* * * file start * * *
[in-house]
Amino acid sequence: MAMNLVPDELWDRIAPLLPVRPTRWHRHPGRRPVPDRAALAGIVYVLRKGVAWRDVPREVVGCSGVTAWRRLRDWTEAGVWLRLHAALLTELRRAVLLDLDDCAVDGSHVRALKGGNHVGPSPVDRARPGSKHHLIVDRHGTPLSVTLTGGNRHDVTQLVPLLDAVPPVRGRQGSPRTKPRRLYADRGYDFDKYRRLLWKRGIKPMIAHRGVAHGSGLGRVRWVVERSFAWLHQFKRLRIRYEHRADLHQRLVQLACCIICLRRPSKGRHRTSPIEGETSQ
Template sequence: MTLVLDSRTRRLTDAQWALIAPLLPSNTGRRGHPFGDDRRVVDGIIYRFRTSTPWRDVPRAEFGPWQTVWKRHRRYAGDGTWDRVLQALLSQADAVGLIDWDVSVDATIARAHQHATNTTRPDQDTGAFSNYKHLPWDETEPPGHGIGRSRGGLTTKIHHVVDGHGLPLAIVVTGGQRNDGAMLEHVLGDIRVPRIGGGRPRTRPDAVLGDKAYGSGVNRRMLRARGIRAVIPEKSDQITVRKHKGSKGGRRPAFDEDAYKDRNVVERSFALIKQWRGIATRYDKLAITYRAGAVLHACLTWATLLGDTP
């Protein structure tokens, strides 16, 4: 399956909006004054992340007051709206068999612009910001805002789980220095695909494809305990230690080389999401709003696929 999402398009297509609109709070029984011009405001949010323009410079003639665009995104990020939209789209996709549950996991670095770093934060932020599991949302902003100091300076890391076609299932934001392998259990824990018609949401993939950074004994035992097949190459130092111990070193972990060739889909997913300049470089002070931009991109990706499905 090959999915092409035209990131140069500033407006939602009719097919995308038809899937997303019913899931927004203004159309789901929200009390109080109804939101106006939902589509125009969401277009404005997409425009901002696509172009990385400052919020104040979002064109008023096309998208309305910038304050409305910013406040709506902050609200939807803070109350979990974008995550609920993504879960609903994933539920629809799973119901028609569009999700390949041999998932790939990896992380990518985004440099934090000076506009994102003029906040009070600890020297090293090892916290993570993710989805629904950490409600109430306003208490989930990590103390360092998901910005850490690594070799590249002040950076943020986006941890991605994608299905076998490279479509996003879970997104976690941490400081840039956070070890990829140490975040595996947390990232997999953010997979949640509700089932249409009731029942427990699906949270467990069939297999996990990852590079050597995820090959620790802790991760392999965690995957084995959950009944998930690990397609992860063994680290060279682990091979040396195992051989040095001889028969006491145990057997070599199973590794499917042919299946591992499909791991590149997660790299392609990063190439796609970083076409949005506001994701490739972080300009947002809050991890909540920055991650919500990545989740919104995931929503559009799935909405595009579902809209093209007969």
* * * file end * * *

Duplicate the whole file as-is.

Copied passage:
[in-house]
Amino acid sequence: MAMNLVPDELWDRIAPLLPVRPTRWHRHPGRRPVPDRAALAGIVYVLRKGVAWRDVPREVVGCSGVTAWRRLRDWTEAGVWLRLHAALLTELRRAVLLDLDDCAVDGSHVRALKGGNHVGPSPVDRARPGSKHHLIVDRHGTPLSVTLTGGNRHDVTQLVPLLDAVPPVRGRQGSPRTKPRRLYADRGYDFDKYRRLLWKRGIKPMIAHRGVAHGSGLGRVRWVVERSFAWLHQFKRLRIRYEHRADLHQRLVQLACCIICLRRPSKGRHRTSPIEGETSQ
Template sequence: MTLVLDSRTRRLTDAQWALIAPLLPSNTGRRGHPFGDDRRVVDGIIYRFRTSTPWRDVPRAEFGPWQTVWKRHRRYAGDGTWDRVLQALLSQADAVGLIDWDVSVDATIARAHQHATNTTRPDQDTGAFSNYKHLPWDETEPPGHGIGRSRGGLTTKIHHVVDGHGLPLAIVVTGGQRNDGAMLEHVLGDIRVPRIGGGRPRTRPDAVLGDKAYGSGVNRRMLRARGIRAVIPEKSDQITVRKHKGSKGGRRPAFDEDAYKDRNVVERSFALIKQWRGIATRYDKLAITYRAGAVLHACLTWATLLGDTP
């Protein structure tokens, strides 16, 4: 399956909006004054992340007051709206068999612009910001805002789980220095695909494809305990230690080389999401709003696929 999402398009297509609109709070029984011009405001949010323009410079003639665009995104990020939209789209996709549950996991670095770093934060932020599991949302902003100091300076890391076609299932934001392998259990824990018609949401993939950074004994035992097949190459130092111990070193972990060739889909997913300049470089002070931009991109990706499905 090959999915092409035209990131140069500033407006939602009719097919995308038809899937997303019913899931927004203004159309789901929200009390109080109804939101106006939902589509125009969401277009404005997409425009901002696509172009990385400052919020104040979002064109008023096309998208309305910038304050409305910013406040709506902050609200939807803070109350979990974008995550609920993504879960609903994933539920629809799973119901028609569009999700390949041999998932790939990896992380990518985004440099934090000076506009994102003029906040009070600890020297090293090892916290993570993710989805629904950490409600109430306003208490989930990590103390360092998901910005850490690594070799590249002040950076943020986006941890991605994608299905076998490279479509996003879970997104976690941490400081840039956070070890990829140490975040595996947390990232997999953010997979949640509700089932249409009731029942427990699906949270467990069939297999996990990852590079050597995820090959620790802790991760392999965690995957084995959950009944998930690990397609992860063994680290060279682990091979040396195992051989040095001889028969006491145990057997070599199973590794499917042919299946591992499909791991590149997660790299392609990063190439796609970083076409949005506001994701490739972080300009947002809050991890909540920055991650919500990545989740919104995931929503559009799935909405595009579902809209093209007969």